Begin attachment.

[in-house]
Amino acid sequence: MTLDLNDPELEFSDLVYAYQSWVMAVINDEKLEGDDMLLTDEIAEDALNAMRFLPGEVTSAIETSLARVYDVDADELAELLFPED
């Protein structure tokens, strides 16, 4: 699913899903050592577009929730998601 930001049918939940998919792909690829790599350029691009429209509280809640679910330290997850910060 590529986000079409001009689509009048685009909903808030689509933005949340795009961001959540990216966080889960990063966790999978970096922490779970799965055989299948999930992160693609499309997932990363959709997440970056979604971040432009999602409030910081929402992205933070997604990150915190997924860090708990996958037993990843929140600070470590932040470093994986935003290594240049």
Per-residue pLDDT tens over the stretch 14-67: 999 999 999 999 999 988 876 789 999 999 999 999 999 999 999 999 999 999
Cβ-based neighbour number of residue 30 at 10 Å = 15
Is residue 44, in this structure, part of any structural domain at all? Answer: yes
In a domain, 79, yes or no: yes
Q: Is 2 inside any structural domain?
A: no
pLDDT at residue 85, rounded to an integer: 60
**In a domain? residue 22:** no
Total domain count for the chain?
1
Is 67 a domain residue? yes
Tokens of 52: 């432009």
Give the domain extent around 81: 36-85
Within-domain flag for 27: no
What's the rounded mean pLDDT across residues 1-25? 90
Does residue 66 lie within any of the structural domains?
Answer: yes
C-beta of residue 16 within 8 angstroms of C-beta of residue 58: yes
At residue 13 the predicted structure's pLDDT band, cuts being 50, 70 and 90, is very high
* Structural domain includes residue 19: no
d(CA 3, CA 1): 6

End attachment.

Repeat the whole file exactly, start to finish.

[in-house]
Amino acid sequence: MTLDLNDPELEFSDLVYAYQSWVMAVINDEKLEGDDMLLTDEIAEDALNAMRFLPGEVTSAIETSLARVYDVDADELAELLFPED
């Protein structure tokens, strides 16, 4: 699913899903050592577009929730998601 930001049918939940998919792909690829790599350029691009429209509280809640679910330290997850910060 590529986000079409001009689509009048685009909903808030689509933005949340795009961001959540990216966080889960990063966790999978970096922490779970799965055989299948999930992160693609499309997932990363959709997440970056979604971040432009999602409030910081929402992205933070997604990150915190997924860090708990996958037993990843929140600070470590932040470093994986935003290594240049």
Per-residue pLDDT tens over the stretch 14-67: 999 999 999 999 999 988 876 789 999 999 999 999 999 999 999 999 999 999
Cβ-based neighbour number of residue 30 at 10 Å = 15
Is residue 44, in this structure, part of any structural domain at all? Answer: yes
In a domain, 79, yes or no: yes
Q: Is 2 inside any structural domain?
A: no
pLDDT at residue 85, rounded to an integer: 60
**In a domain? residue 22:** no
Total domain count for the chain?
1
Is 67 a domain residue? yes
Tokens of 52: 């432009």
Give the domain extent around 81: 36-85
Within-domain flag for 27: no
What's the rounded mean pLDDT across residues 1-25? 90
Does residue 66 lie within any of the structural domains?
Answer: yes
C-beta of residue 16 within 8 angstroms of C-beta of residue 58: yes
At residue 13 the predicted structure's pLDDT band, cuts being 50, 70 and 90, is very high
* Structural domain includes residue 19: no
d(CA 3, CA 1): 6